This is a true thriller in the vein of thrillers of old, when we had something to be thrilled by, instead of the predictable thriller tropes.

I was supposed to be in bed hours ago. I've just finished the film and wrote this- it was that good.
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evil_twin_in_training4 September 2018
Stop what you are doing. Get to your nearest cinema. Strap in. Enjoy the most intense 90 minutes of your life. Imaginative Gripping Emotional Dramatic Unique WHY ARE YOU STILL READING GO SEE THE DAMN MOVIE!
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A phenomenally intriguing social media-focused movie.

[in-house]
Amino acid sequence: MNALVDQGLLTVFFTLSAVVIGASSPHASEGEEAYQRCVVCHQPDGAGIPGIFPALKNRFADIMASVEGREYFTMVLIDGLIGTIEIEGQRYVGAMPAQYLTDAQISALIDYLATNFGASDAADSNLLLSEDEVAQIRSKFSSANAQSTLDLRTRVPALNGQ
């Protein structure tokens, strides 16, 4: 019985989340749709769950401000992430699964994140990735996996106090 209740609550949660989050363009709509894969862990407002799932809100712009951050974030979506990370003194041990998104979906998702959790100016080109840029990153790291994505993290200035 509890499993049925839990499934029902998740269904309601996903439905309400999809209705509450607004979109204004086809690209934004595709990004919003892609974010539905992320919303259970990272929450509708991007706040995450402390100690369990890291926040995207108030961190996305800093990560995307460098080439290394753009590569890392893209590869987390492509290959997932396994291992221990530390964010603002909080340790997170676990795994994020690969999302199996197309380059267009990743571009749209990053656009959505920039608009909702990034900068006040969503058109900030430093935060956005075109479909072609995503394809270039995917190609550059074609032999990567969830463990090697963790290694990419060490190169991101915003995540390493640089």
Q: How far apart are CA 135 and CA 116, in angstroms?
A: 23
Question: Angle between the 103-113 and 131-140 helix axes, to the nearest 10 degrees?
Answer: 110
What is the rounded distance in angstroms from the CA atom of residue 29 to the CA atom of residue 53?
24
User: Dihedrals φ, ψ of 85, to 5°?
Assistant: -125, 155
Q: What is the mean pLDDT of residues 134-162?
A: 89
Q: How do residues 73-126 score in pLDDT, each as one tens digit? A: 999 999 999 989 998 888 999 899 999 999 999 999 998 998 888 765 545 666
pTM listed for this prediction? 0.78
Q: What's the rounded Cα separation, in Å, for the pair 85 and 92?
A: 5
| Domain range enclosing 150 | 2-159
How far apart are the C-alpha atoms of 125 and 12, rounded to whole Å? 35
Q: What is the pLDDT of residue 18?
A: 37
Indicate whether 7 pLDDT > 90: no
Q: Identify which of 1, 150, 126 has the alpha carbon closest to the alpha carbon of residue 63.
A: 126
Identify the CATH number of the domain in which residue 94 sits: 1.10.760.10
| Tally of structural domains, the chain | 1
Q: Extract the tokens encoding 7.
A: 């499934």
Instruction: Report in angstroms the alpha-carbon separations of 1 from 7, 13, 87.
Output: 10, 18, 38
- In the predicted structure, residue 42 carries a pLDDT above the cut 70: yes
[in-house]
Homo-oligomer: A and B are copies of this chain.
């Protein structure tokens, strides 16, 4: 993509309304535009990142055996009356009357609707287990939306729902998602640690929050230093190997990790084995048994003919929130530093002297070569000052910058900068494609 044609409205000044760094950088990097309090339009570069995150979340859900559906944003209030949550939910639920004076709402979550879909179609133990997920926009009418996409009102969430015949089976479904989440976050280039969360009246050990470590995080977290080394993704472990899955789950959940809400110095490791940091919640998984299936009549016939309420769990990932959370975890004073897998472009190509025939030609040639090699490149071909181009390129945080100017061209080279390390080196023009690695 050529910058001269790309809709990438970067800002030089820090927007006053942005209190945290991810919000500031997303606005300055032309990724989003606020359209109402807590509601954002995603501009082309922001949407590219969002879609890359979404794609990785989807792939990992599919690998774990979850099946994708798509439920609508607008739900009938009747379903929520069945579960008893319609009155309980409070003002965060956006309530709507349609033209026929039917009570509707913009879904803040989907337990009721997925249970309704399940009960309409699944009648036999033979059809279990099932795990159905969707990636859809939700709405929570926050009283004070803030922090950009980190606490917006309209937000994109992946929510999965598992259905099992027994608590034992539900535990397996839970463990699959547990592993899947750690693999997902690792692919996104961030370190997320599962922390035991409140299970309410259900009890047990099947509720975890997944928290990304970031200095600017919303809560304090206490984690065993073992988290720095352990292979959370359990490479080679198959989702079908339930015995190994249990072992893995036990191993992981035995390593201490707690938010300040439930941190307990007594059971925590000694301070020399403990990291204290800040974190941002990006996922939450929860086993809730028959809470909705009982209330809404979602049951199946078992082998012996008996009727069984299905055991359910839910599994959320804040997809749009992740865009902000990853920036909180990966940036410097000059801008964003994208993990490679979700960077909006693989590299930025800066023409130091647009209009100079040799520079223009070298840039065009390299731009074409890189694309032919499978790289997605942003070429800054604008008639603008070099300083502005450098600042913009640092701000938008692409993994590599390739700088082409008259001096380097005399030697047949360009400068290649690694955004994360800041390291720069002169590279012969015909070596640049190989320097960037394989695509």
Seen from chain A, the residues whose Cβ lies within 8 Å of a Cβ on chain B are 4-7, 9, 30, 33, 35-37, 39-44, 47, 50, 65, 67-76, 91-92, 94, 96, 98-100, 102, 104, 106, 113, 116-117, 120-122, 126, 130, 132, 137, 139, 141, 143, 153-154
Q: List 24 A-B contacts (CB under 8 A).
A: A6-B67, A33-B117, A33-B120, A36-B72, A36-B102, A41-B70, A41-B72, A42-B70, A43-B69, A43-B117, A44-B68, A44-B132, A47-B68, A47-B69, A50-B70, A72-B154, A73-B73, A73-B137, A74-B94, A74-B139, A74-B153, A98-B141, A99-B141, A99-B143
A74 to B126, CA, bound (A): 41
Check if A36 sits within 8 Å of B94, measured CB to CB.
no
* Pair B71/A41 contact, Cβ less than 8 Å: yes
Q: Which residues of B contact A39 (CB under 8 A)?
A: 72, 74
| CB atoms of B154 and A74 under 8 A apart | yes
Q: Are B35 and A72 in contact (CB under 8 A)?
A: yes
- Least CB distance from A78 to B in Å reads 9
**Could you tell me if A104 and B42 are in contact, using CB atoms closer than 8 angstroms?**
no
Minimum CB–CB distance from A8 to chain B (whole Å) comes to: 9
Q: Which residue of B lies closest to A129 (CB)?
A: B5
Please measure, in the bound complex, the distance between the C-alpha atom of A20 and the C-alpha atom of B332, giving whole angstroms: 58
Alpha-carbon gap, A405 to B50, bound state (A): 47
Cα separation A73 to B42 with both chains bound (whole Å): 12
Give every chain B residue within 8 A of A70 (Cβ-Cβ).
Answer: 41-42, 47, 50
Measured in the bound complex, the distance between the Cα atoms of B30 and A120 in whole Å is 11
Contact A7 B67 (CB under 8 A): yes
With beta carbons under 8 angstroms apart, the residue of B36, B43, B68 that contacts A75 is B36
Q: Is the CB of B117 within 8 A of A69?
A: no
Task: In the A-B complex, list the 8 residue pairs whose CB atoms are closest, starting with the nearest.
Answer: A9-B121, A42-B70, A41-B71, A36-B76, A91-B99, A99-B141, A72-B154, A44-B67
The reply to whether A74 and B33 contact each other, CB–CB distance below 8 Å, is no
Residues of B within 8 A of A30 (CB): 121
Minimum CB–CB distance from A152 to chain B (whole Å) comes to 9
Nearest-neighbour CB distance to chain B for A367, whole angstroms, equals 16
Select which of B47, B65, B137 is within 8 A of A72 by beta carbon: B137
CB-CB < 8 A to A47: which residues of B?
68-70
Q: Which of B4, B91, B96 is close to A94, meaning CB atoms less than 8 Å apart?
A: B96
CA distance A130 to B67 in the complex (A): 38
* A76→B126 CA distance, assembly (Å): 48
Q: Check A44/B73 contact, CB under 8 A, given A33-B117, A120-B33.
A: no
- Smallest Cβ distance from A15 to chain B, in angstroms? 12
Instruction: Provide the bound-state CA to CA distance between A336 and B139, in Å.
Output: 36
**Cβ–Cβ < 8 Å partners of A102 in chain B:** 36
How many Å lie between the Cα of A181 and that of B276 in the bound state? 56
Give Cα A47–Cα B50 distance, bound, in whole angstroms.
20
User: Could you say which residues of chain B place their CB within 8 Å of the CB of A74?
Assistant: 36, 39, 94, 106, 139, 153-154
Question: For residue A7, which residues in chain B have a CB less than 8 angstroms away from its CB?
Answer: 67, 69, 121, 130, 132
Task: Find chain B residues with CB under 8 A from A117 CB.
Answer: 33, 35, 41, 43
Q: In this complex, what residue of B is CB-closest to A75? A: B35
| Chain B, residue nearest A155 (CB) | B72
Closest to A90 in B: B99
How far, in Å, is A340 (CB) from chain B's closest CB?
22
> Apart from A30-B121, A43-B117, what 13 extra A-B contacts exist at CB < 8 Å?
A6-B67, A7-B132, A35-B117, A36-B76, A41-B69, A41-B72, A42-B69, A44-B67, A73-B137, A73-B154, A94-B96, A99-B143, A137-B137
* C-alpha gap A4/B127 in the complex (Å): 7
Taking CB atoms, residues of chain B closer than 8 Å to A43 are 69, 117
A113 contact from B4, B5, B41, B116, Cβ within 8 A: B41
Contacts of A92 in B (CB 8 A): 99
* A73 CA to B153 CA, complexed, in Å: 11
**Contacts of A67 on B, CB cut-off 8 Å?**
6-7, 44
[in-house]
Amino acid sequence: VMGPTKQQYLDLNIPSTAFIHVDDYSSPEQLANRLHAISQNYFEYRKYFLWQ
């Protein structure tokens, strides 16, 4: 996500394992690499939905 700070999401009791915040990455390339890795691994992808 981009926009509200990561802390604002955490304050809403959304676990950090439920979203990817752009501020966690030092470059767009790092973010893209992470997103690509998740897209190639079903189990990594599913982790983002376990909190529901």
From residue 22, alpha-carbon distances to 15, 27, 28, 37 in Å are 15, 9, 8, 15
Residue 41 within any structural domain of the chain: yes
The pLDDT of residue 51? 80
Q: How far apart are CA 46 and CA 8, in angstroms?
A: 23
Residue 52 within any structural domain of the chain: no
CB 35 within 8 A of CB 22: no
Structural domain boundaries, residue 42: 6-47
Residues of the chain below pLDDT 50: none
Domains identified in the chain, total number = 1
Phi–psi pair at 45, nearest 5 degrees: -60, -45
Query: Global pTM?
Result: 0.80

bob-the-movie-man19 August 2018
There have been many movies that have featured computing and, more specifically, social media at their heart. Some these have used the device of the view "from the screen": 2016's entertaining "Nerve" had elements of this, with the majority of the rest of the film being 'augmented reality' over the video. But it was 2014's teen-horror "Unfriended" that set a new bar being seen entirely through a computer screen. No surprise then that the producer of that one - Timur Bekmambetov - is also behind "Searching". For - although taking a few liberties with news vidoes, that may or may not be showing on Youtube - the whole film is shot through computer screens.

"Oh no!" you sigh "another gimmicky B-movie". Far from it. Not only is this a really helpful training film for Windows tips and tricks! It's also a totally absorbing crime mystery anchored by a superb script that keeps the audience guessing to the end.